Light being emitted from a source in vacuum, can photons accelerate ?
No, photons move at c the moment they are created.
Here we are again with that perennial problem that arises because the word "particle" is used in describing a Photon. What a pity they didn't invent a special, alternative word for the photon. It's what happens when very clever people try to get very clever ideas across to us mere mortals. They can't have conceived the problems they were injecting into Science education by that choice of word.
Acceleration is the time derivate of velocity and not of speed.
The local speed of light in vacuum is constant but the direction can be changed.
I agree that this is very likely. However, it should be clarified that the answer doesn't refer to the question as it has been asked.
How? Even in general relativity, where light can seem to curve, it follows geodesics - no acceleration.
No, light in vacuum cannot accelerate.
I suspected but didn't want to say, thanks for the clarification
should remove what I said earlier
but light bend near massive object, so it is accelerated.
It terms of coordinate acceleration in non inertial coordinates, yes. The speed in non inertial coordinates is also not limited to c, but can take any arbitrary value.
In inertial coordinates though, which exist only locally in curved space time, light doesn't change speed nor direction.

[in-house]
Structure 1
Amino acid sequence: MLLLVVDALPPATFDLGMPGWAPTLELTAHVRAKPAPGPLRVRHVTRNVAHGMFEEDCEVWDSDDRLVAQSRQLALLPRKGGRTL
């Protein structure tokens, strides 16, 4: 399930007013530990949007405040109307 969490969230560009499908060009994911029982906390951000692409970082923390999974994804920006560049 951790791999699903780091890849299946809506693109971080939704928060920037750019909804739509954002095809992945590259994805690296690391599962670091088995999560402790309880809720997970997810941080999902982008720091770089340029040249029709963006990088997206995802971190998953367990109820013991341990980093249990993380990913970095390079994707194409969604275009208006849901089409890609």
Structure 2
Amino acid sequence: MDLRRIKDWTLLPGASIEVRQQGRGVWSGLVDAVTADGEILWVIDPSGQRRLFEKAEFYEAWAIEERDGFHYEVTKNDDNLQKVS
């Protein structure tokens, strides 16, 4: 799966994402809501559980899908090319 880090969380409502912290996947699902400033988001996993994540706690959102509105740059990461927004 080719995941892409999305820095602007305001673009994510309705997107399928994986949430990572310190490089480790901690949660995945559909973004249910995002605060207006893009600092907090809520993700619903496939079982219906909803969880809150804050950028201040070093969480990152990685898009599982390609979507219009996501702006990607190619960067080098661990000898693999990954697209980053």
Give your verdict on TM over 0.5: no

That's why I limited my statement above to the local speed.
Light emitted from a source in a vacuum accelerates when it enters (or leaves) a material with refractive index > 1.
Light doesnt really accelerate otherwise it would go beyond c.What changes is the phase velocity vp=c/n so when n<1 , vp>c.
Acceleration is the rate of change of velocity, so negative values of acceleration (slowing down) are permitted.
Velocity is a vector and so is acceleration. Slowing down doesn't imply negative acceleration components, as their sign depends on the coordinate system.
Thank you. If an object is going 2 m/s, and then slows down to 1 m/s, what is delta v?
+1m/s if you work with rockets.
How is that question related to the speed of light in vacuum, the topic of this thread?
My assumption is that when something slows down, it accelerates (because its velocity is changing). Hence my previous assertion that light accelerates when it enters a material with refractive index >1.
The title of the thread:
Light speed is constant.
When light strikes a mirror in a vacuum, it changes direction.
And, when light is emitted from a refractive material source into a vacuum, it speeds up.
Velocity is the vector of speed, the absolute value of the vector is constant there is no acceleration. Speed is constant.
There are no mirrors or refractive materials in a vacuum.
Light doesnt stop when is hits the mirror.
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